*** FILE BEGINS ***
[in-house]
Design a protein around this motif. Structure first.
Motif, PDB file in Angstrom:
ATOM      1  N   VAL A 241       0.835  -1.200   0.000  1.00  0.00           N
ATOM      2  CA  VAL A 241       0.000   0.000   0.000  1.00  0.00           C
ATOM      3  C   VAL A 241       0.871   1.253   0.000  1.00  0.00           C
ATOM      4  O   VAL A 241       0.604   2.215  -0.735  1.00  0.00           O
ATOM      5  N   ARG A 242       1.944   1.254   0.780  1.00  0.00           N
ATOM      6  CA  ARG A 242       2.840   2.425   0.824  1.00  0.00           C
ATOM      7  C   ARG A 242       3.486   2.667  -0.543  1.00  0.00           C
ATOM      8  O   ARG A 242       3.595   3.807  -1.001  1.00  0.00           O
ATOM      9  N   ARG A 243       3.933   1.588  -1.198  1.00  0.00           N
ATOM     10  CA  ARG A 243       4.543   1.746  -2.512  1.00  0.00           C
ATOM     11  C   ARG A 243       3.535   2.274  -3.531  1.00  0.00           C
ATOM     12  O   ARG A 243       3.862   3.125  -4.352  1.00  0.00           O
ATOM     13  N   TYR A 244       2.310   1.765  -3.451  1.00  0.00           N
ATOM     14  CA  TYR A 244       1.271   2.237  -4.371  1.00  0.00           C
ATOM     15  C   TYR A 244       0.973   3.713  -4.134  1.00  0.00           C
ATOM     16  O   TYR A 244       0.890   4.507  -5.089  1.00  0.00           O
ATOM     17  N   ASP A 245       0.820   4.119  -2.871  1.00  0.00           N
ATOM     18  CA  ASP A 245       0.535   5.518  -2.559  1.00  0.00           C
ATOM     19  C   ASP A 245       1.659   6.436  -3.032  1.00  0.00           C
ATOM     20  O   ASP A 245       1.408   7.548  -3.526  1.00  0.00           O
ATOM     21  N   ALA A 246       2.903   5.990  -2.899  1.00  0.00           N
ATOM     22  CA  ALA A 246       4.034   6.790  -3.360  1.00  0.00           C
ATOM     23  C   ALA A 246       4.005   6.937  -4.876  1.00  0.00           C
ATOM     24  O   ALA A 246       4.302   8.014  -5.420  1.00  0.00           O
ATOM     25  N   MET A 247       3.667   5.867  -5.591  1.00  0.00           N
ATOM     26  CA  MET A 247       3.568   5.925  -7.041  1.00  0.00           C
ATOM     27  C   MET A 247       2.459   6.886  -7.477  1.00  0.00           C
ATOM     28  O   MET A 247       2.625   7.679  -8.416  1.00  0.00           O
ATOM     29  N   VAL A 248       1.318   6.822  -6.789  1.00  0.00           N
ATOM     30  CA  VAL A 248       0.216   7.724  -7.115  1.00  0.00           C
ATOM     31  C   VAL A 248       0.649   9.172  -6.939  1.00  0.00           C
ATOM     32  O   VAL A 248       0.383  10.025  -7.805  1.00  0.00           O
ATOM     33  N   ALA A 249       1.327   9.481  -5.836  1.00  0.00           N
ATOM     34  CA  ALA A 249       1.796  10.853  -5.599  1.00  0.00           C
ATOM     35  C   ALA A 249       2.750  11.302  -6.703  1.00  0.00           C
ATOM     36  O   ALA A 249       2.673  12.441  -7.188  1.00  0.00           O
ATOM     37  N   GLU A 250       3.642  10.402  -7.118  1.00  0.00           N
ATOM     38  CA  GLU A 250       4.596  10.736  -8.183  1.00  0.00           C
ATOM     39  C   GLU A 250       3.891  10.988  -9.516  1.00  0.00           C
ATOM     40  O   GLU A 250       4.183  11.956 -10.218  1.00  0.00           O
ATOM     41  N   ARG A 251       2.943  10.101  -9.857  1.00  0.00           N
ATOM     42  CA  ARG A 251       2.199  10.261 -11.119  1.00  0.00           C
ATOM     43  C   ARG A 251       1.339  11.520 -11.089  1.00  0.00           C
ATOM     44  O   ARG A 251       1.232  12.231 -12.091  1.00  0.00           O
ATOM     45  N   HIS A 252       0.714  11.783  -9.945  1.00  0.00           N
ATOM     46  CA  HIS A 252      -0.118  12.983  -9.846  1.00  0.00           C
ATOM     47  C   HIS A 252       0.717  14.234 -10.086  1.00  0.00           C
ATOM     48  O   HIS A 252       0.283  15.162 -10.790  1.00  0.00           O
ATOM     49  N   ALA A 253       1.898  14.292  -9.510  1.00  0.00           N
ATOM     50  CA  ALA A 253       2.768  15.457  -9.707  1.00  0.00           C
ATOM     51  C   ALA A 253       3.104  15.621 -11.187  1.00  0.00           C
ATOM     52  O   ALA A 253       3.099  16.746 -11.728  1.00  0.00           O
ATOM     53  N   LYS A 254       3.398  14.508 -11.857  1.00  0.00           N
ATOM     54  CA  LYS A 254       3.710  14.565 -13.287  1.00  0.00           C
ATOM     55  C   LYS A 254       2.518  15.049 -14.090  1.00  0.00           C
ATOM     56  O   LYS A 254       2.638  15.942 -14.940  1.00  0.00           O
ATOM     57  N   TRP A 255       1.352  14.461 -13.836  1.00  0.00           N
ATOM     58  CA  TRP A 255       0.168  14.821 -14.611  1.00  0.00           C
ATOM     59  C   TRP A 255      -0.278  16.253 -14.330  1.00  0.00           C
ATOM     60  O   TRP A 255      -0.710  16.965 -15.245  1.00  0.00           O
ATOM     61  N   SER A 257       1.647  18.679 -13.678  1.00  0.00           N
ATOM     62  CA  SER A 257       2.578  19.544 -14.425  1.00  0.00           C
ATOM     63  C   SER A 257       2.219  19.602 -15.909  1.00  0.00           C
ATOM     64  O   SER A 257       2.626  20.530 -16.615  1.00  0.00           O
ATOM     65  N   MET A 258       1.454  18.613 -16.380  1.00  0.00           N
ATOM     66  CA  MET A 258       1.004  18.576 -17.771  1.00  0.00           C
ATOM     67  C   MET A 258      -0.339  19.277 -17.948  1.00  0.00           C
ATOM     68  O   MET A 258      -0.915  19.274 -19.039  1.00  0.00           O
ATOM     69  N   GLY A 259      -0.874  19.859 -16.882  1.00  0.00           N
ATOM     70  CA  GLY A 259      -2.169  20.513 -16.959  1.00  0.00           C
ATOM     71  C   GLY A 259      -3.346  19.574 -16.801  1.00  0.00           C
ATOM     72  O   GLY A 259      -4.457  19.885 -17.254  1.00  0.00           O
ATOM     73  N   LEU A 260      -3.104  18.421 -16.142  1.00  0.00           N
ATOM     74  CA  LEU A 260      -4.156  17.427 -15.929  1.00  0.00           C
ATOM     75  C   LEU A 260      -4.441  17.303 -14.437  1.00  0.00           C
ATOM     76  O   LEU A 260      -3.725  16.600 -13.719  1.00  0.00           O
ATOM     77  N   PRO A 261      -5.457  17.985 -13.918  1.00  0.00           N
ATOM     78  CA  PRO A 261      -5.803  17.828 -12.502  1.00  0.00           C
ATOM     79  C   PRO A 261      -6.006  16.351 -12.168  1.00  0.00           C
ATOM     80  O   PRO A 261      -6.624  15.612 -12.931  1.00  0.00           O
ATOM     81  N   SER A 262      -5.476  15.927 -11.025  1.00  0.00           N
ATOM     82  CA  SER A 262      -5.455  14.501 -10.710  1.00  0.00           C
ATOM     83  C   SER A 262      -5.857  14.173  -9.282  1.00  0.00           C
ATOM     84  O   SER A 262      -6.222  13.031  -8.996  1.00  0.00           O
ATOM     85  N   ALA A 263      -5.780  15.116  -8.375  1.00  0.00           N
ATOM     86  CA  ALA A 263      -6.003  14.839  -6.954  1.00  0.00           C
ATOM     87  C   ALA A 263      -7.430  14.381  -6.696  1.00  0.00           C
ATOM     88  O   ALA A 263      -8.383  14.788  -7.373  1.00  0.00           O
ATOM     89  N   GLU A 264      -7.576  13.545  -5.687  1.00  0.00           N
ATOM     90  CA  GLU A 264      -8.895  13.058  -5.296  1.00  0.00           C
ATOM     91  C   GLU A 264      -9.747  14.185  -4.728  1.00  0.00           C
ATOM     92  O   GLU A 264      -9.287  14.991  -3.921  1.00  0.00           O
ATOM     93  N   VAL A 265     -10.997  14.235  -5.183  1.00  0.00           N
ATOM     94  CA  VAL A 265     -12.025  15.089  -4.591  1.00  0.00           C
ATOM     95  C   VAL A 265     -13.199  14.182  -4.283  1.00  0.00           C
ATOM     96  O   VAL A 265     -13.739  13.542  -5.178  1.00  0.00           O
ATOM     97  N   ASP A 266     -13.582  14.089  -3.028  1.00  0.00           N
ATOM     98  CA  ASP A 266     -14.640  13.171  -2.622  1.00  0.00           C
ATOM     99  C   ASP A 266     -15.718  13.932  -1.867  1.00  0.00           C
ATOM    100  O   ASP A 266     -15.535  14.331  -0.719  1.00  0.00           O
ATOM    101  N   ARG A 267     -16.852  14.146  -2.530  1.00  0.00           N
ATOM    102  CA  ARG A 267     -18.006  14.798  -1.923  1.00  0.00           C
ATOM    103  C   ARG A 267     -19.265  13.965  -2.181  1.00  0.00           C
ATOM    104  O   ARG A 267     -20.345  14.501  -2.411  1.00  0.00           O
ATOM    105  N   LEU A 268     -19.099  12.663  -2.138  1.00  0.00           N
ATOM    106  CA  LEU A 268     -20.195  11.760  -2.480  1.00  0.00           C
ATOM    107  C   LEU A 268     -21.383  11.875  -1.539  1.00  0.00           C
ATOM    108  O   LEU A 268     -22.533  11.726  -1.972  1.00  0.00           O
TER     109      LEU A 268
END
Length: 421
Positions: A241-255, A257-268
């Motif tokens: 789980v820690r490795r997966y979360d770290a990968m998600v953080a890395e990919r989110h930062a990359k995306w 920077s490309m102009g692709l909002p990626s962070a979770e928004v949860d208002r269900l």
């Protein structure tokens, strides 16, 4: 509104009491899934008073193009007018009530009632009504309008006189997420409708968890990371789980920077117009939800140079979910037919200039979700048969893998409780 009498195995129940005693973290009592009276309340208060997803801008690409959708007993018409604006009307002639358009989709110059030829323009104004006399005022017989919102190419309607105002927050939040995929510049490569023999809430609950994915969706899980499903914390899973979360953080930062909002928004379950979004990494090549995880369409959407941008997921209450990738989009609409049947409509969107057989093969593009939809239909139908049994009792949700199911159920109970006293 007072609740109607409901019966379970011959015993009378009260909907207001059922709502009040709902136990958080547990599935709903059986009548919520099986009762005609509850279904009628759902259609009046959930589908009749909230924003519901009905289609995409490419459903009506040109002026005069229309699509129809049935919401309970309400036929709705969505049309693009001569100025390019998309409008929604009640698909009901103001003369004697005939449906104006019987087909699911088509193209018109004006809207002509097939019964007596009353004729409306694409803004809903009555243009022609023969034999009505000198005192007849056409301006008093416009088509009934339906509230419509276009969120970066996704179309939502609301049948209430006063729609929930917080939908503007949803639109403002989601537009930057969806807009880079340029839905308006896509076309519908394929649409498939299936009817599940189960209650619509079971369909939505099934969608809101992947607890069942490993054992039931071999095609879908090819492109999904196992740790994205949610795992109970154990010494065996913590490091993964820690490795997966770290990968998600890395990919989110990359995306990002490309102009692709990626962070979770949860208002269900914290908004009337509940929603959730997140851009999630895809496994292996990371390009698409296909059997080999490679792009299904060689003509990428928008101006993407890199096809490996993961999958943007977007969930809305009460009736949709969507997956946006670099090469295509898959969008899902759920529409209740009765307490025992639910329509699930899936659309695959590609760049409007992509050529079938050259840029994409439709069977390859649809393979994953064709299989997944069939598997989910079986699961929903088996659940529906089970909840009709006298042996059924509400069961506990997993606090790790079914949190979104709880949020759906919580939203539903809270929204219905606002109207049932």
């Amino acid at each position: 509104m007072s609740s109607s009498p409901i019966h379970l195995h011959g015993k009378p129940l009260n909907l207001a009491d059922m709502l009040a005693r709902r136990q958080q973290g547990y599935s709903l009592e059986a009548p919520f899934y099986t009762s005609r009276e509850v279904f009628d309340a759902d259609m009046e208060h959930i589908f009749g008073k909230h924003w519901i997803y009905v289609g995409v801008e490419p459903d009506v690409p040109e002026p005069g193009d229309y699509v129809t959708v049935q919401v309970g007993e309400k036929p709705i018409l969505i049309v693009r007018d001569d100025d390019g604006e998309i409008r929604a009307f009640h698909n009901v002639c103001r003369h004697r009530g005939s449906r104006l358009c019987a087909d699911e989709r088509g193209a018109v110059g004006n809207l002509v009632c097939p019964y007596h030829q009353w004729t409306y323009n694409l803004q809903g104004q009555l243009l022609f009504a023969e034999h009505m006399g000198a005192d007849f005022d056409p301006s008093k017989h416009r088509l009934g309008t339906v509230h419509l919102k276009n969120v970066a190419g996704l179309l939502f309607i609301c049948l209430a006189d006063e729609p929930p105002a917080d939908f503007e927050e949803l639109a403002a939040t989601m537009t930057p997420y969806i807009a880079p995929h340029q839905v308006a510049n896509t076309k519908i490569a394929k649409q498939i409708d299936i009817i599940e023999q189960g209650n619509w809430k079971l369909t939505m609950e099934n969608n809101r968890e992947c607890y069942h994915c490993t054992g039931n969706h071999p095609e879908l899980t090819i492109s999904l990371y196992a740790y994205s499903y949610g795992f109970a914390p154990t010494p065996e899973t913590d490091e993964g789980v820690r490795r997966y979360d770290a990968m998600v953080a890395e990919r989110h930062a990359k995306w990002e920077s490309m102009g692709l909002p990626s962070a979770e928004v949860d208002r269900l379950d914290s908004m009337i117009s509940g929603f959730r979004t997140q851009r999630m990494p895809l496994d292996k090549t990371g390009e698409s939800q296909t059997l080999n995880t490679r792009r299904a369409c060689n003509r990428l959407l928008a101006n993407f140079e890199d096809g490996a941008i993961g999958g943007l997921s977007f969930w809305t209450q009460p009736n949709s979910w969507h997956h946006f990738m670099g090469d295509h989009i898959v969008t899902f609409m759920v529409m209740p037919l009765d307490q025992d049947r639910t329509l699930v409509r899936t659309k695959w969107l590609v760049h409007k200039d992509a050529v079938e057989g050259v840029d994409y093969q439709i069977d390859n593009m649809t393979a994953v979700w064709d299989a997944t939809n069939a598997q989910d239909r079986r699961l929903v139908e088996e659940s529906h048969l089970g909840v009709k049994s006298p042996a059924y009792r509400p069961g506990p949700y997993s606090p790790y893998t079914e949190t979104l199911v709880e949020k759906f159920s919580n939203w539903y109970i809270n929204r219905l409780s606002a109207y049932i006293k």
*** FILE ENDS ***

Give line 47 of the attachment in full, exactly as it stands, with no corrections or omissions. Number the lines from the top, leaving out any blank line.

ATOM     44  O   ARG A 251       1.232  12.231 -12.091  1.00  0.00           O